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Bite sized Roadtrop time-lapse videos, hot off the renderer

The Everglades, Key West, and going north through Florida.

sunny 84 °F

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The last two days' time-lapse videos are a bit different from the previous crop, for rather silly reasons. Two days ago, after we wrapped up lunch in Key West, I turned the GoPro on, and forgot to change it out of it's default startup mode of 'video', so the last half of the day was recorded as full HD 1080p realtime video, which I could probably take the time to cut down to a time-lapse version, but time on this trip is precious, so I'm just excising it. Most of it is us driving around Key West, and these sorts of videos are more interesting (to me) when we're going down long stretches of highway, or if we've planted the car in front of something interesting.

The following morning, while an amazing amount of mosquitos flew around our car and tried in vain to get through the flyscreens we magnetically attached over our sunroof and windows, I sat down with the GoPro manual and had another look at the settings, as I hadn't had much time to get to know it before the trip. I discovered that I could set the camera to record the pictures upside down, saving me from having to rotate the video in Vegas. I also discovered the different exposure modes, notably, the one that's designed for mounting it on your dashboard pointing outward. With the new default mode being set, hopefully I won't miss any more of our travels.

Since the Day 7 video was so short, instead of playing it back at half-speed, it's actually at quarter speed, and if you're one of the 7 or 8 people who watches these things, please comment and let me know if you prefer that to the speed all the other ones play back at, or if it doesn't really matter. And in a break from the musical backgrounds we've been including and composing, the Key West video simply uses field recording from the street where we were parked for a bit in Key West. It'll be interesting to see if YouTube identifies the music in the background and chastises me for it.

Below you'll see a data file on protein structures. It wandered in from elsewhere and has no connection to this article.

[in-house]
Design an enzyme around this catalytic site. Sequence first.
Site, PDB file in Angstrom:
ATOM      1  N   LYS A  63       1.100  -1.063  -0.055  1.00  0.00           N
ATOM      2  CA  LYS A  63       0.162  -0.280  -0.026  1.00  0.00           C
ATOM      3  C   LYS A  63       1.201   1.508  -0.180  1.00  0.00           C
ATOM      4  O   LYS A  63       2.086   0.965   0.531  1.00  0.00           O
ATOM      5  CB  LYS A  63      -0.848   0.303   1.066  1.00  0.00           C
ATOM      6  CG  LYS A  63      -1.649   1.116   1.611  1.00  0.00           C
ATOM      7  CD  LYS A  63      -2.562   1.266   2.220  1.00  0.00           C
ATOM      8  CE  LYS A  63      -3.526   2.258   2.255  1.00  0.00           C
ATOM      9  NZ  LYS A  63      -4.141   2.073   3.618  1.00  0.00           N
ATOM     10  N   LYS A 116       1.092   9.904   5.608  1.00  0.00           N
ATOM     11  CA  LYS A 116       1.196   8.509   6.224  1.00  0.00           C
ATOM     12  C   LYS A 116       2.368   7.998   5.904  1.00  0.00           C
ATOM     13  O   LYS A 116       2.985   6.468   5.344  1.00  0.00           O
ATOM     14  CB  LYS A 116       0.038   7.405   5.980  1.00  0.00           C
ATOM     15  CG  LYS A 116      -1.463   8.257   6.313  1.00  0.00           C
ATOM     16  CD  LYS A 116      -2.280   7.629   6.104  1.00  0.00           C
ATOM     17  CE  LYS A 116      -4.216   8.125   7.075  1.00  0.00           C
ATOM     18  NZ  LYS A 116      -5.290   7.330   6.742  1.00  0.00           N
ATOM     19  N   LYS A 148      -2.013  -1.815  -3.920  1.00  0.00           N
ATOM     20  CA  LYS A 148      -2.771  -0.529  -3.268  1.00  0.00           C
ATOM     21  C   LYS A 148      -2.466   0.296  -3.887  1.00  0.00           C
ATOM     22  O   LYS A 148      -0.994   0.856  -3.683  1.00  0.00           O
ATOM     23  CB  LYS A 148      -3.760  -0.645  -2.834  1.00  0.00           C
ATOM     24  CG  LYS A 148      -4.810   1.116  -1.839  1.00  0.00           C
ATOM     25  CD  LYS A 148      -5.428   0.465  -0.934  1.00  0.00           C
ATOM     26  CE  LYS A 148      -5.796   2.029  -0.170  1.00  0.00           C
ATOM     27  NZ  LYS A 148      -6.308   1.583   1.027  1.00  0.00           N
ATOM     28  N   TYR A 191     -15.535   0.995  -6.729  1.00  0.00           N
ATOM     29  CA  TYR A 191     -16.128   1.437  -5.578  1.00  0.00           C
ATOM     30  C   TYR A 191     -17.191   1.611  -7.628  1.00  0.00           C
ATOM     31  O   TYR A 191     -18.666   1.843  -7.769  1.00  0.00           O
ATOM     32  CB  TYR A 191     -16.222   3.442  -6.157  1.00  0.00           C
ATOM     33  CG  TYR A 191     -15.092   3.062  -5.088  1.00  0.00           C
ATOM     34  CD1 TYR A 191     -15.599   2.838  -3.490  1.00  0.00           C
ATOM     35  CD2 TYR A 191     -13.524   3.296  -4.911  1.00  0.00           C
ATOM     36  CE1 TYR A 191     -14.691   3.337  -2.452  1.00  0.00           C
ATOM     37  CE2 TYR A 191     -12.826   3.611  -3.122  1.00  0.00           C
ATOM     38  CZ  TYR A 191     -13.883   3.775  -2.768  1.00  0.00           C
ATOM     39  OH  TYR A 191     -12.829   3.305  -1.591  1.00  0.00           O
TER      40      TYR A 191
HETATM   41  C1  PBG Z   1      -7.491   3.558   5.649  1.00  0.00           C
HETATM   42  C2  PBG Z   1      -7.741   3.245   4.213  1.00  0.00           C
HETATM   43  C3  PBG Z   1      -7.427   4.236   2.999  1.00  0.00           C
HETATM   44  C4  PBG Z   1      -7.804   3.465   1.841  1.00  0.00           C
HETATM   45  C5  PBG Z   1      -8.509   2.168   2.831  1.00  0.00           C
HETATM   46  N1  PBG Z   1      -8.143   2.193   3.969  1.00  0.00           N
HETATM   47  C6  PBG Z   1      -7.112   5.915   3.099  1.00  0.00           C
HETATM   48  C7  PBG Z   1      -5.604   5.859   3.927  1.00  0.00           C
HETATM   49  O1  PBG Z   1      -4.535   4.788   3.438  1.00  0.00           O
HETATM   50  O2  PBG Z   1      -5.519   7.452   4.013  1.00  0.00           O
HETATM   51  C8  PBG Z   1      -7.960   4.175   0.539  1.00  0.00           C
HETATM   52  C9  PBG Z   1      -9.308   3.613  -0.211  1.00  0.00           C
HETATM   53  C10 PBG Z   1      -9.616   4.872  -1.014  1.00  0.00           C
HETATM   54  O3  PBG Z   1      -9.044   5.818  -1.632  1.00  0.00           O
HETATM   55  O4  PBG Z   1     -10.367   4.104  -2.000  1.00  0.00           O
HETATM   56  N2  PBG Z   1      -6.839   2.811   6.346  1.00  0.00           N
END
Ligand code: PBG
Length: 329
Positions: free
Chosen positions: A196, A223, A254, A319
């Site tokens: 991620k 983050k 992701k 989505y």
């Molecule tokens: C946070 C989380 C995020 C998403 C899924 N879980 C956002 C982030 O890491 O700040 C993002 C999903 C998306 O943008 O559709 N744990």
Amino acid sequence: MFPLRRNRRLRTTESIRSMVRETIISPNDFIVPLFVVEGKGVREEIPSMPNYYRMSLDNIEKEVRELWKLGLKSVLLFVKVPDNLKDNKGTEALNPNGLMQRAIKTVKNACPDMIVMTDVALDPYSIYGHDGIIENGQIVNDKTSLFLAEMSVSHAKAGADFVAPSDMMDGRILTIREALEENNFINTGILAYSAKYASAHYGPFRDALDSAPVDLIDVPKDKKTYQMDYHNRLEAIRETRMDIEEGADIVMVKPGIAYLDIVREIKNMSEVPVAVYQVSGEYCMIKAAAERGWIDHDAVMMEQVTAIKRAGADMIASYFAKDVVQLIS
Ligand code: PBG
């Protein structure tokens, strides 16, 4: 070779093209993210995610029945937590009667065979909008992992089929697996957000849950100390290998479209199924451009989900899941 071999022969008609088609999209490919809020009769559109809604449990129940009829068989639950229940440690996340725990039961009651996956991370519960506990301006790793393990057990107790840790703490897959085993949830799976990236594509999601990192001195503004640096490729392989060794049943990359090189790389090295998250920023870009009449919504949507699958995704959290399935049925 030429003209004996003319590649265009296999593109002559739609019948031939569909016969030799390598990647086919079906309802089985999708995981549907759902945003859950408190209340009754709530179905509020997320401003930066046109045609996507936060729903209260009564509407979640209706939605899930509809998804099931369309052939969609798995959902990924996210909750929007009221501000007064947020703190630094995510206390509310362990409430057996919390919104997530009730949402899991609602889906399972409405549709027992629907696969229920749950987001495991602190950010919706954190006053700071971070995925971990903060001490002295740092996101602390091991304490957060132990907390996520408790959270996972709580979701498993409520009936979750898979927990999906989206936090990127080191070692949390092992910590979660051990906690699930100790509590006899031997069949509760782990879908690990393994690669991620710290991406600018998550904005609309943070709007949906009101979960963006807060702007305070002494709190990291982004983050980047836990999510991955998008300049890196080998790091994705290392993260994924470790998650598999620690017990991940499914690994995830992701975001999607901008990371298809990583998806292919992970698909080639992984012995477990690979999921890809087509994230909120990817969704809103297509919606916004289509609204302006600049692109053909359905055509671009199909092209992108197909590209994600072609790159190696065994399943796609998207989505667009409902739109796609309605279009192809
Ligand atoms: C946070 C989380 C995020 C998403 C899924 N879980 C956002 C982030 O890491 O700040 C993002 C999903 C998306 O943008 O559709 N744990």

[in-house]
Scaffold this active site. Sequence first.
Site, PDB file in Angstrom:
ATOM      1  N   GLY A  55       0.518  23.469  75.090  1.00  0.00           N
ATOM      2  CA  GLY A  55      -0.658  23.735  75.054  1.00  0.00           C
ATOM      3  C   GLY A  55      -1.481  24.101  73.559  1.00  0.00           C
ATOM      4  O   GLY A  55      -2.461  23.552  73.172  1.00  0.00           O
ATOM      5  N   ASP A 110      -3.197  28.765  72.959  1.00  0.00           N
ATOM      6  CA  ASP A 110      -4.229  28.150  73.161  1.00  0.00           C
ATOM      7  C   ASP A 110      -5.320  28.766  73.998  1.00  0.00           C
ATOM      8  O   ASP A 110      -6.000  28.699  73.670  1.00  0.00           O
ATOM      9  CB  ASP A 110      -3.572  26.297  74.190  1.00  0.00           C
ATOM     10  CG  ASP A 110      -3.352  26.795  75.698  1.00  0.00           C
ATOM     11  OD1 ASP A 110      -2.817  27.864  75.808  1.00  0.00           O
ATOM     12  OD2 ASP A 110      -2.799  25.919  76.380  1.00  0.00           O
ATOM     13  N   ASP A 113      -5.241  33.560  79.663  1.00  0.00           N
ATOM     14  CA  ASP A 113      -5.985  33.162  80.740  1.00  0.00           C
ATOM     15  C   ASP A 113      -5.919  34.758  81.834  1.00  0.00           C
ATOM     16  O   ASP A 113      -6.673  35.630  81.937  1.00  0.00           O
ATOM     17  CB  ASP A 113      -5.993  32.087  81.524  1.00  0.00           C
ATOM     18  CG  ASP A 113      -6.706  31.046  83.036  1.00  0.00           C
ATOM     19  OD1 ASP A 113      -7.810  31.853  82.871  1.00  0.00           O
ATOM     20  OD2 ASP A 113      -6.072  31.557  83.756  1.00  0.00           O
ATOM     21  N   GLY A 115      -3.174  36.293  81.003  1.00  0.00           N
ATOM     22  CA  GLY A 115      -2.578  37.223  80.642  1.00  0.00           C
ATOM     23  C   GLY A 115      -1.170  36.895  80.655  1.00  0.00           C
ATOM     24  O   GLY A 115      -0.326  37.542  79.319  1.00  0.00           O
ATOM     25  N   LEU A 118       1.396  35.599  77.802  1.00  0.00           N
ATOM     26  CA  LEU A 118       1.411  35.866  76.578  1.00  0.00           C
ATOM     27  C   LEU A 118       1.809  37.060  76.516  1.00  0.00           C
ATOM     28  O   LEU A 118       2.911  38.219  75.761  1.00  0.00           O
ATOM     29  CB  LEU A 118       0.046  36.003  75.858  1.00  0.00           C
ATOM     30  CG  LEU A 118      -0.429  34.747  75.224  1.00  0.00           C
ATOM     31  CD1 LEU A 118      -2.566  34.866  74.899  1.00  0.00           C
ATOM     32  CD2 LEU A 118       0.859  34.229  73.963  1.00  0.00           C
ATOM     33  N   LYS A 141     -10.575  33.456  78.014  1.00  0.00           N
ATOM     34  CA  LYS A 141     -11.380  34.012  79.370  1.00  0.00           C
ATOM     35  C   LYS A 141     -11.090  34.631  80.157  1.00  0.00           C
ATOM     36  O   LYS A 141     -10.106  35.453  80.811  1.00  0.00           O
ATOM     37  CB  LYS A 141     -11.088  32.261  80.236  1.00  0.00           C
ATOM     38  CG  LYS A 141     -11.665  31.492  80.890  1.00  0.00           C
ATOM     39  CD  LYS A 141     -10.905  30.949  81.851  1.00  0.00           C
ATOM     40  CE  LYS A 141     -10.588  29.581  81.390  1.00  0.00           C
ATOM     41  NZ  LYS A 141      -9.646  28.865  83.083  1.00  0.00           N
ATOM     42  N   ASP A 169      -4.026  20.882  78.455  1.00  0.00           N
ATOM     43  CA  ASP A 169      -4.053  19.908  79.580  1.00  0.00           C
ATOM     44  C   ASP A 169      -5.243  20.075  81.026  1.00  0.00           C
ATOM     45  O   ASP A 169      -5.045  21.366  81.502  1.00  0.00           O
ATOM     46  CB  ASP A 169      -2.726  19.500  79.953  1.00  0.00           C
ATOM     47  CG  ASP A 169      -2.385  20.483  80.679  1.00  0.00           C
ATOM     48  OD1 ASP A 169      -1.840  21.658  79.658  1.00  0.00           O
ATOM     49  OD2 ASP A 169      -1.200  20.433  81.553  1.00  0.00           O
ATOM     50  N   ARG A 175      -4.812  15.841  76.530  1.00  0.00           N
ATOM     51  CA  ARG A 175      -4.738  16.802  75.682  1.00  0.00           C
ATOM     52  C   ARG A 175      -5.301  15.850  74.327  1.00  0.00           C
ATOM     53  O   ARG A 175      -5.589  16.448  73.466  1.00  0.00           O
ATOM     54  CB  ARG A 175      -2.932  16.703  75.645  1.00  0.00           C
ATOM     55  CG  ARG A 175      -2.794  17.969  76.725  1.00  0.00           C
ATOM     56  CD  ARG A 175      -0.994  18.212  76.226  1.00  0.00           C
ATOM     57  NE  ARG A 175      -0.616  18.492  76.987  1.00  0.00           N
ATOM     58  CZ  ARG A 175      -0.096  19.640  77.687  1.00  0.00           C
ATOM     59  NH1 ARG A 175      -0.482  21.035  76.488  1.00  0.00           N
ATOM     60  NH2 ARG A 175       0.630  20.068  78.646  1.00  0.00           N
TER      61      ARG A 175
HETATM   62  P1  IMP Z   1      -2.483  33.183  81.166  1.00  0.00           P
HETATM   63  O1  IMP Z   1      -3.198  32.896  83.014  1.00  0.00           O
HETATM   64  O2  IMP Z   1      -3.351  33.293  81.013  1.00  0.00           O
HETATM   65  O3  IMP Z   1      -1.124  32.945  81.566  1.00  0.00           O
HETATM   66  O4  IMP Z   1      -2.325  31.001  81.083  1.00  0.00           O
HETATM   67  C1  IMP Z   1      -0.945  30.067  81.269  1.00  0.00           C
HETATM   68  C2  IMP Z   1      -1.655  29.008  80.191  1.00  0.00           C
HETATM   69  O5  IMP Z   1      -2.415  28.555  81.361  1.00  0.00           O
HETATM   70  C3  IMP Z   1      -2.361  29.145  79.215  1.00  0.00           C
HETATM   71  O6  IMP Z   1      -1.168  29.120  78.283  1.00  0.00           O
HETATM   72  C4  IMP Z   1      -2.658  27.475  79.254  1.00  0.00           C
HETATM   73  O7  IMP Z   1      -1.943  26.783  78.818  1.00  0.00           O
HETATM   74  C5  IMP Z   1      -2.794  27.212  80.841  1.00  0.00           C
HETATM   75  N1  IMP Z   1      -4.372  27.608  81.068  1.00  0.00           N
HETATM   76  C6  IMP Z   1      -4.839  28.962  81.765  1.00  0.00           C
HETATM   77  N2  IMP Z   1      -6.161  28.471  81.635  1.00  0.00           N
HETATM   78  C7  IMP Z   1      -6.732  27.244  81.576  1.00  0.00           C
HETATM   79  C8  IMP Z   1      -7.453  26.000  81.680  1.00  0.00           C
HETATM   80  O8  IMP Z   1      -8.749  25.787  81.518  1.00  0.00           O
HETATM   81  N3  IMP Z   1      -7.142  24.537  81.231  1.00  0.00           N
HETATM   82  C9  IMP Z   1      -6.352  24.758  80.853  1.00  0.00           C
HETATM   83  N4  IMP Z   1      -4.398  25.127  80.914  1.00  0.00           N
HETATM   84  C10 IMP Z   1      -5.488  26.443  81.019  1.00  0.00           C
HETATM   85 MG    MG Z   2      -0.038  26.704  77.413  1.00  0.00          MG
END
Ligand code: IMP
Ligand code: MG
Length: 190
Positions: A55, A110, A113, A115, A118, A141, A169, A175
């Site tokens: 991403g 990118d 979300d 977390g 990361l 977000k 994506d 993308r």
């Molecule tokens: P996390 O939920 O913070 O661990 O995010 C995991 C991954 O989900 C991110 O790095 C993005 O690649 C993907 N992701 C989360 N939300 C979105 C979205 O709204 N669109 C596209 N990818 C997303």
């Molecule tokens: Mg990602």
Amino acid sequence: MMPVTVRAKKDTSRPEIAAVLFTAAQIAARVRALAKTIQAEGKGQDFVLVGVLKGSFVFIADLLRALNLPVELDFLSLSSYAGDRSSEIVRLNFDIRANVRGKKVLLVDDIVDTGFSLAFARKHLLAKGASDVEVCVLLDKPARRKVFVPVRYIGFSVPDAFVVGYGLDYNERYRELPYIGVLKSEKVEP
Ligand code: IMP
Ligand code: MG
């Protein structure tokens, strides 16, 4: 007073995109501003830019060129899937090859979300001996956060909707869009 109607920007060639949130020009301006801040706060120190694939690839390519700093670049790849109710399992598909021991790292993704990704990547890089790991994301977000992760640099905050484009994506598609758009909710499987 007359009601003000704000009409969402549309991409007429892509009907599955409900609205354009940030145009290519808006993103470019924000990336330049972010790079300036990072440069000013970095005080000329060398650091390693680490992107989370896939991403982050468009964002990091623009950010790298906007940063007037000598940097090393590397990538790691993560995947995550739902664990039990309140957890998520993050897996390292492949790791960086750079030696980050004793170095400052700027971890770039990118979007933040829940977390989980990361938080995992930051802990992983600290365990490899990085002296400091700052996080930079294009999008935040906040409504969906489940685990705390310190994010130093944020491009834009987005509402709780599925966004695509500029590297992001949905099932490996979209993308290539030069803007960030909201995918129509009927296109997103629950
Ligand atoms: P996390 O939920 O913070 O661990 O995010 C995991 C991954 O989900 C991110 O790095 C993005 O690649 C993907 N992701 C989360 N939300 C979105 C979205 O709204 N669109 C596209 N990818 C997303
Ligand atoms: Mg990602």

Day 8 was long, long slog from our camping spot, located at the end of the one road into the Everglades, stopping at the Robert Is Here Fruit Stand (it's really so much more than a fruit stand) and pausing at Starbucks for our morning upload, then driving up through central Florida, ultimately heading west into Pensacola, where we stayed with an old friend of mine, Jordan. He's stationed there with the Navy, after having spent a while in Gitmo- as medical staff, not as a detainee! The drive was something to the tune of 12 hours long, it was definitely 12 hours boring. The magic of the GoPro intervalometer has transformed that into two short minutes, where even in HD mode, you'd have to strain to see all the bug splats before we hit the storm that helped wash them off our windshield, if not our bumper.

We recorded the music for that video a few nights ago while staying in Homestead. I didn't get as much time to work on this. Actually, it's about as raw as you can get - it's just Melissa playing over a beat I wrote. There are more important things to do on this trip than fleshing out musical sketches - but I really like that we're making music as we go. Given how much American Routes we are consuming via streaming audio on the drive (to AT&T's chagrin, according to a text message I got) I wonder how long before what we record starts to sound like rootsy blues/jazz/country/rock. That actually works as a nice wrap to this post, as our next stop is New Orleans! We have to go to Basin Street Station and give them a fat donation for the binge streaming we've done over the past week.